from Wiktionary, Creative Commons Attribution/Share-Alike License
- n. A practitioner of obscurantism; an obscurant
from the GNU version of the Collaborative International Dictionary of English
- n. Same as obscurant.
from The Century Dictionary and Cyclopedia
- Of, pertaining to, or characteristic of obscurants or obscurantism.
- n. One who opposes the cultivation and diffusion of knowledge; an obscurant.
from WordNet 3.0 Copyright 2006 by Princeton University. All rights reserved.
- n. a person who is deliberately vague
Benton: neither 'obscurantist' nor 'absolutist' are proper words
It can not afford to leave the country and will "do everything possible" to ensure that the "obscurantist" Taliban-like forces do not regain control there and democracy prevails, even though it has no plans to send its troops there.
First sternly prohibited by Frelimo from carrying on the "obscurantist" practices of traditional culture, and then driven by the war from their land and the hard-won histories of feminine community rooted in generations of shared agrarian routines, and then facing the formidable challenge of postwar recovery as structural adjustment and market reforms wreaked economic havoc in the countryside 7in these circumstances, the spheres of social life in which women could claim to exercise authority over the present, let alone the past, were few indeed.
It seems to the philisophically-naive scientists that these philosophers are inventing a new problem in a desperate and obscurantist attempt to salvage a belief in human "dignity."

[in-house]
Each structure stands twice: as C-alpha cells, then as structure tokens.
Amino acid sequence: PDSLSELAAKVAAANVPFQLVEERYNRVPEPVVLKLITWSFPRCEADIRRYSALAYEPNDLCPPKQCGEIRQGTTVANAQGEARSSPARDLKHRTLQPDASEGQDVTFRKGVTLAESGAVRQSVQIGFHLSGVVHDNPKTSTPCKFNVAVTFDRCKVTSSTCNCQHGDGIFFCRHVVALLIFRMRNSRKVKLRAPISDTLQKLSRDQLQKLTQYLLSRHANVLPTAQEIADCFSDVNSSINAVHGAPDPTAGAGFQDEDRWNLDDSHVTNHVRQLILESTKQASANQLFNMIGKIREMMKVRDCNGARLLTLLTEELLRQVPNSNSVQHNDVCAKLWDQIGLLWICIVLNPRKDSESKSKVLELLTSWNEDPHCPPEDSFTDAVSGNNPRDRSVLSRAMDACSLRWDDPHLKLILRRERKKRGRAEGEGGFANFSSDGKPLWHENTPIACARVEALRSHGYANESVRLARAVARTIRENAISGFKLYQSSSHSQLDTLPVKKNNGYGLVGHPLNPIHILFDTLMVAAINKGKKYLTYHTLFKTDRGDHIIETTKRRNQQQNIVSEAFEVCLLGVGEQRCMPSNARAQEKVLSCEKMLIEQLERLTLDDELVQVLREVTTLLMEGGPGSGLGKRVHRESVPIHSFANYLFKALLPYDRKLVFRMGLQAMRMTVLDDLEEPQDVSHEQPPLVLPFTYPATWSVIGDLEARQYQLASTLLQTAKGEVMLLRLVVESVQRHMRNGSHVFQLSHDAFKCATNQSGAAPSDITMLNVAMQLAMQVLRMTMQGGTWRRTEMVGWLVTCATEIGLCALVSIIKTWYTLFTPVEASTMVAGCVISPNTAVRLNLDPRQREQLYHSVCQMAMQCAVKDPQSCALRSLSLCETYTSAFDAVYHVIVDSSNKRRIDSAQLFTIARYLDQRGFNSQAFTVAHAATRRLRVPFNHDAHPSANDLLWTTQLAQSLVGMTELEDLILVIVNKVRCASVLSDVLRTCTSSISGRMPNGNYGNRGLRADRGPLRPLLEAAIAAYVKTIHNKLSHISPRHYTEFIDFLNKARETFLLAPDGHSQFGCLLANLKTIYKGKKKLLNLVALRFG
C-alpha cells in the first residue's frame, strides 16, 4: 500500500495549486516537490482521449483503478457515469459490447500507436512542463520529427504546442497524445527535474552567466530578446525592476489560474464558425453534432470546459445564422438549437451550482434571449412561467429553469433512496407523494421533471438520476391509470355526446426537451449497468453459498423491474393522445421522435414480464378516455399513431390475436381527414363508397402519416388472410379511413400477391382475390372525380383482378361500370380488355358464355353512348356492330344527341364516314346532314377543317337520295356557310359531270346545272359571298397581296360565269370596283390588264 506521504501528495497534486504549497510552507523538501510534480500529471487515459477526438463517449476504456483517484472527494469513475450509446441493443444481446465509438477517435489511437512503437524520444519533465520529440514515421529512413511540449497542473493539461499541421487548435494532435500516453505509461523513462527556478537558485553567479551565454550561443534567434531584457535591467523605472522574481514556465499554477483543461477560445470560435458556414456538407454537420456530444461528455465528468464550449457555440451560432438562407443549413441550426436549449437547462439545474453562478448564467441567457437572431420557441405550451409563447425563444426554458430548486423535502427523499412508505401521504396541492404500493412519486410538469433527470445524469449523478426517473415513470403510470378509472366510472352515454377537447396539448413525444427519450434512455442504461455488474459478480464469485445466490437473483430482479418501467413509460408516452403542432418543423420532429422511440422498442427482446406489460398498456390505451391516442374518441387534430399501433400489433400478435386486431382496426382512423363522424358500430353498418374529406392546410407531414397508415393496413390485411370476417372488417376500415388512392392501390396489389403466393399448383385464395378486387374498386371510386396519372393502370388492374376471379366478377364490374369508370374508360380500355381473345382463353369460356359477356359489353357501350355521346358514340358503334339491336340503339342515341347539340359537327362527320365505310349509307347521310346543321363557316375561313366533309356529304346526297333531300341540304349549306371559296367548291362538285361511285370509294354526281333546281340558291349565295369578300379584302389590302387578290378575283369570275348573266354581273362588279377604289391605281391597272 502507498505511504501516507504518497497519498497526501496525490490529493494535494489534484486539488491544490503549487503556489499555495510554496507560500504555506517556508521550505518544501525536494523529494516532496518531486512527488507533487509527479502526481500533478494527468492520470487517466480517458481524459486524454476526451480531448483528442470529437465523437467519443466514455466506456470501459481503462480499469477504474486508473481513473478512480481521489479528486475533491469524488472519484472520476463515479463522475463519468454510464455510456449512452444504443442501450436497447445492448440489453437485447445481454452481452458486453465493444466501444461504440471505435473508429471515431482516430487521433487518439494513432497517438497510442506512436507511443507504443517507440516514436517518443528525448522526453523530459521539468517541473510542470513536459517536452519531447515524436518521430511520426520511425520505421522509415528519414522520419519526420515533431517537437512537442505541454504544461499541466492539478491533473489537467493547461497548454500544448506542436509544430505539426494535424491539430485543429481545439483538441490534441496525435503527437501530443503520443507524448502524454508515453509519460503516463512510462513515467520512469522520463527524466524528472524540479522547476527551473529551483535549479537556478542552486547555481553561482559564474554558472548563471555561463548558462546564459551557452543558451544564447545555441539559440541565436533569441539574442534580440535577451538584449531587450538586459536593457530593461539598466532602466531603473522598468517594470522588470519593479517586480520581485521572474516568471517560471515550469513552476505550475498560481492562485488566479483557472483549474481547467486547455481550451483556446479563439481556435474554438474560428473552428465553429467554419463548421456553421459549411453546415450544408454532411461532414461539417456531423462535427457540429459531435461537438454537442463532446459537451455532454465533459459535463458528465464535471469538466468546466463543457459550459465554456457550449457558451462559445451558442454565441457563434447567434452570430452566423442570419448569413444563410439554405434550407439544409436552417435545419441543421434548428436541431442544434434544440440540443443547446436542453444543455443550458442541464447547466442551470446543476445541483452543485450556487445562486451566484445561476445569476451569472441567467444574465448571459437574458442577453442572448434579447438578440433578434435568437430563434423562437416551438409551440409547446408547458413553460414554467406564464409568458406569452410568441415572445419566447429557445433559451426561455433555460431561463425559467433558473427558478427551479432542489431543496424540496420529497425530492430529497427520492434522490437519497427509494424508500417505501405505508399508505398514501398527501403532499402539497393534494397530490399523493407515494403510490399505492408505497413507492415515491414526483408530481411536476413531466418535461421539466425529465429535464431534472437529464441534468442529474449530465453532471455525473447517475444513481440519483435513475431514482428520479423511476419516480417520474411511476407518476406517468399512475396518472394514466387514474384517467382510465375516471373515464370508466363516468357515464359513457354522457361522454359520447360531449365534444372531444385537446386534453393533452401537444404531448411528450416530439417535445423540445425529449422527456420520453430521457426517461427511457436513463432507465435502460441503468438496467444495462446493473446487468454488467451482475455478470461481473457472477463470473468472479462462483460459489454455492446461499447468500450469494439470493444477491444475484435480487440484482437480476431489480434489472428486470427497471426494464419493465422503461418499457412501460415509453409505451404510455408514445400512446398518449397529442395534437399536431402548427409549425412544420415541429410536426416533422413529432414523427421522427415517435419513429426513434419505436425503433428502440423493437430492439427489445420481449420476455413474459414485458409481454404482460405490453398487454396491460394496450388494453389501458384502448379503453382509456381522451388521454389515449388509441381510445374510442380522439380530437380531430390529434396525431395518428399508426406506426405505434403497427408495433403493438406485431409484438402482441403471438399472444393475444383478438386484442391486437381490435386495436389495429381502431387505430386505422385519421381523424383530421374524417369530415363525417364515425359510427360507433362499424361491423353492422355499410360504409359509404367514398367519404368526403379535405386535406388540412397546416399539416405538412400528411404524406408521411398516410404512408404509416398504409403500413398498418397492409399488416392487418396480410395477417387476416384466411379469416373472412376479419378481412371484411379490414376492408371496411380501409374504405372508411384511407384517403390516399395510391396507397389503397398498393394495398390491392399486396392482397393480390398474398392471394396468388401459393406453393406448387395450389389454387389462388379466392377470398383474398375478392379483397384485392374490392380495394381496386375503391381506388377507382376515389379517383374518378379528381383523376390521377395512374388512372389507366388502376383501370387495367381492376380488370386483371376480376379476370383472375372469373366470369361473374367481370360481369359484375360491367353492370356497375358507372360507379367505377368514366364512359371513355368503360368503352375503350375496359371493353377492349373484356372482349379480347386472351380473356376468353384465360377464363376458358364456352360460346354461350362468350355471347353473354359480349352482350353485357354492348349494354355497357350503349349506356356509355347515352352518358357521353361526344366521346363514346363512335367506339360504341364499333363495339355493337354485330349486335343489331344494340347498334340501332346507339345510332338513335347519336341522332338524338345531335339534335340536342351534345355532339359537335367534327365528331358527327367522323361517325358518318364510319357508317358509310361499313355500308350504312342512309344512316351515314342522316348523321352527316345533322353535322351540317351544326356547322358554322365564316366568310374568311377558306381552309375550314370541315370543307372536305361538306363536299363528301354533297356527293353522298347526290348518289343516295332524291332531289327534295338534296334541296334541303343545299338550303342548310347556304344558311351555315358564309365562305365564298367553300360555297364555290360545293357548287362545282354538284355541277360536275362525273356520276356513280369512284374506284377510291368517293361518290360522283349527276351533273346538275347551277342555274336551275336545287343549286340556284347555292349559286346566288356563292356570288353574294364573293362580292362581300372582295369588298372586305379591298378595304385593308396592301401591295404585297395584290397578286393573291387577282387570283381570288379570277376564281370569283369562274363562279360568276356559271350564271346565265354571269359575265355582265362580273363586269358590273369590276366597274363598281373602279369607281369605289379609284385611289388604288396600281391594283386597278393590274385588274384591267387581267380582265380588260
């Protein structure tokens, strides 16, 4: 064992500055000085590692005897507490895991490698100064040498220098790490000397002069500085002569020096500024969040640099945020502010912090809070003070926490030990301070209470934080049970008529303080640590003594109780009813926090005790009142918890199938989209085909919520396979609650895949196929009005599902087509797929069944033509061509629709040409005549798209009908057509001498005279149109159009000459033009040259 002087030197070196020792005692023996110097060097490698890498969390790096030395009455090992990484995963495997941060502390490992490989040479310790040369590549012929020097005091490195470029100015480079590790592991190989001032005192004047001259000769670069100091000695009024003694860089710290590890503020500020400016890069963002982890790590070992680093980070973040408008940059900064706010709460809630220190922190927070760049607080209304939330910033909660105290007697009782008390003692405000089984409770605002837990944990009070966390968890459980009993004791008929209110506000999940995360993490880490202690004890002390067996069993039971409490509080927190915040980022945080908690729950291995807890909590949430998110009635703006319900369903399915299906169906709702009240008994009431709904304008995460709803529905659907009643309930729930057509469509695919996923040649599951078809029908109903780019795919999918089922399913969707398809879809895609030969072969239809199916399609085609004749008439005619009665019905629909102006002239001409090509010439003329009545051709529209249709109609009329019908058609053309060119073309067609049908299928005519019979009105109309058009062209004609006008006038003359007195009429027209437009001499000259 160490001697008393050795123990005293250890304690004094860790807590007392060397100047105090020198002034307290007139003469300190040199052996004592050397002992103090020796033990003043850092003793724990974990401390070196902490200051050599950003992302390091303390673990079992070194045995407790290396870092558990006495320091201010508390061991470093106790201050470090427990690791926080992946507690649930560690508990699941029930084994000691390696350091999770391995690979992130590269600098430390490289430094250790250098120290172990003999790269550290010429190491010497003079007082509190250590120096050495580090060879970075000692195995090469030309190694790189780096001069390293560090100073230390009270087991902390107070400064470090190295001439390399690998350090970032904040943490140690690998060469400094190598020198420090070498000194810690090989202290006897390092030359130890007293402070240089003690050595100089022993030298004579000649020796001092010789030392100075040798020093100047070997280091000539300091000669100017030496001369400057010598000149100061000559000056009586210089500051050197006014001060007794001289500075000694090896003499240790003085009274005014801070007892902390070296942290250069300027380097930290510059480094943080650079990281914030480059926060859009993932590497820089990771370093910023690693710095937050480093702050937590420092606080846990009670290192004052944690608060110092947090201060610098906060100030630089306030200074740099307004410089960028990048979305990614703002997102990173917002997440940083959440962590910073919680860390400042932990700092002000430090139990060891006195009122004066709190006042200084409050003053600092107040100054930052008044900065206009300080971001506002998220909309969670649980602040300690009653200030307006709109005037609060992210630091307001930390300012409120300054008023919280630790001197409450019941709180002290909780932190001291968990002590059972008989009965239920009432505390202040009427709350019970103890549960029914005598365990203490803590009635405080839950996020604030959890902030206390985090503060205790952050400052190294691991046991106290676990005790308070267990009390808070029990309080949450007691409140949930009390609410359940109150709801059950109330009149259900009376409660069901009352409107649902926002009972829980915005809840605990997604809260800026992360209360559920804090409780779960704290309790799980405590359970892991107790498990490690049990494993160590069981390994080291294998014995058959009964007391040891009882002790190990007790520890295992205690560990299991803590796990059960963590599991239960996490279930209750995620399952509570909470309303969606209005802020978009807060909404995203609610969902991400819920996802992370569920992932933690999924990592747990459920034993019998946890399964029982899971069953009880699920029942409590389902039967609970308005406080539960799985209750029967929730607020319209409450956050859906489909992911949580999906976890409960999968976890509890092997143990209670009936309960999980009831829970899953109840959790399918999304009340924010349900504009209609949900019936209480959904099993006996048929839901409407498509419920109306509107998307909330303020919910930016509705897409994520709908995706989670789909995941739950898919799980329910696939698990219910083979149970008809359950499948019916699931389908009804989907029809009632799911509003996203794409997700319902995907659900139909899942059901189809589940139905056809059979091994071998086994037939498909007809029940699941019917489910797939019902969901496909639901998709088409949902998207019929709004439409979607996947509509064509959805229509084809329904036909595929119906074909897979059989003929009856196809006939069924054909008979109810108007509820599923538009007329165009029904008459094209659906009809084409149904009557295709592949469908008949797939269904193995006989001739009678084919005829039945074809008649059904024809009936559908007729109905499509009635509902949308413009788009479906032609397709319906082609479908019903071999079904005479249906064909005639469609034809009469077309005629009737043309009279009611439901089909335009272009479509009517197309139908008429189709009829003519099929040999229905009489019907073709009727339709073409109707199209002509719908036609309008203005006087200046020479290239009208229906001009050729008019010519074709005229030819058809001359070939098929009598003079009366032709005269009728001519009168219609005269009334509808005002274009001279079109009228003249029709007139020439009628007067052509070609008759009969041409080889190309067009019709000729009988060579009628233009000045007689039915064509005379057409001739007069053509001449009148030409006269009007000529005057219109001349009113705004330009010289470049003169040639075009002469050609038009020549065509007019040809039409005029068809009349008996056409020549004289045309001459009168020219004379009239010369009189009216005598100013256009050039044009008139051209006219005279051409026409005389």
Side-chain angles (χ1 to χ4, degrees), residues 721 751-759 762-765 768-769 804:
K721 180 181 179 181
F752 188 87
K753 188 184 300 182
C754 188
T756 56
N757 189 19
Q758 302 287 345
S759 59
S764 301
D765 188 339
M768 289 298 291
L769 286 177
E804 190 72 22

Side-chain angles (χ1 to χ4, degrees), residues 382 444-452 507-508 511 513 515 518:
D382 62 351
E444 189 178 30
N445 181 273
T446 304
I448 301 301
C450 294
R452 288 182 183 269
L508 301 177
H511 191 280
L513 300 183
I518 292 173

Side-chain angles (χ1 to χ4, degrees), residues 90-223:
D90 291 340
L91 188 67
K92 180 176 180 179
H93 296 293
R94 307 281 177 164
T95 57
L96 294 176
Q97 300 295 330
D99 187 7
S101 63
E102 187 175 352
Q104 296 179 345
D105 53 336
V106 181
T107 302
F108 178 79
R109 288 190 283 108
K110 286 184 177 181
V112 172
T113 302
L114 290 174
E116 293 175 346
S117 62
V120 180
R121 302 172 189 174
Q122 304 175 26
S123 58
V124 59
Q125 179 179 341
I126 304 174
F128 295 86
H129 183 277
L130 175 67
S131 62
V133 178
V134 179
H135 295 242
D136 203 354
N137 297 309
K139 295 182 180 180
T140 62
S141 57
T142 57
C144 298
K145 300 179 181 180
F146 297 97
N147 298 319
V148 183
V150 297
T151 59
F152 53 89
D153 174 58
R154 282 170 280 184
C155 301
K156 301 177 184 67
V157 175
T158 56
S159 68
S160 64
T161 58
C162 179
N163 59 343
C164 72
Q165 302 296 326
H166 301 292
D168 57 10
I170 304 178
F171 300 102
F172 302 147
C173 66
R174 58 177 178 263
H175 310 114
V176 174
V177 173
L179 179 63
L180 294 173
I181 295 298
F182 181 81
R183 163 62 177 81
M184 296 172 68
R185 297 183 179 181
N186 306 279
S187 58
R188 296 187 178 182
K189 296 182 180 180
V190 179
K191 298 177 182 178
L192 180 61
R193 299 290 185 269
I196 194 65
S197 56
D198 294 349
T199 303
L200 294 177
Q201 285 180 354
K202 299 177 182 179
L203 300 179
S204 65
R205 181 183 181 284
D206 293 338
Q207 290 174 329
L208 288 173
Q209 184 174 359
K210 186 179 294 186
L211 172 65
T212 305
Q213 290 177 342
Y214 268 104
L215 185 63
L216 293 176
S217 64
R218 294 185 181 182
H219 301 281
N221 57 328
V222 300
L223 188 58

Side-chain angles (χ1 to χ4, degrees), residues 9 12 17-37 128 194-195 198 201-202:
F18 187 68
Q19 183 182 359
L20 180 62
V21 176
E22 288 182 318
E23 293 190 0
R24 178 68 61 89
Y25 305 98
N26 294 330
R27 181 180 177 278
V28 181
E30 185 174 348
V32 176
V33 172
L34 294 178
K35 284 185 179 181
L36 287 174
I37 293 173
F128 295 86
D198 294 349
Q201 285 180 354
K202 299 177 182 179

But in their rush to save Christianity, some evangelicals have been guilty of all sorts of strained, idiosyncratic or obscurantist tactics: massaging or distorting the data, manipulating the legal system, scaring their constituencies and strong-arming those of their own camp who raise questions.
I dealt with Sally Katzen professionally during the Clinton Administration, and I found her to be defensive, obscurantist, impatient, and dedicated towards reaching particular outcomes regardless of the facts.
But they are not users of the obscurantist gobbledygook employed by academics who, frankly, cannot really write.
This was not, I hasten to add, what Derrida himself believed, but unfortunately what was most often represented as "Derridean" was indeed this sort of anti-intellectual nonsense (its anti-intellectualism disguised by much obscurantist theory-ese), the result of which, finally, was the complete loss of credibility on the part of academic literary study and, unfortunately, the labeling of Derrida as the obscurantist-in-chief.
And yes, as a monograph on anything such writing would be childish and obscurantist.
Thomas Kuhn, The Copernican Revolution: I actually find Structure of Scientific Revolutions a bit obscurantist in some respects that encourages misreadings.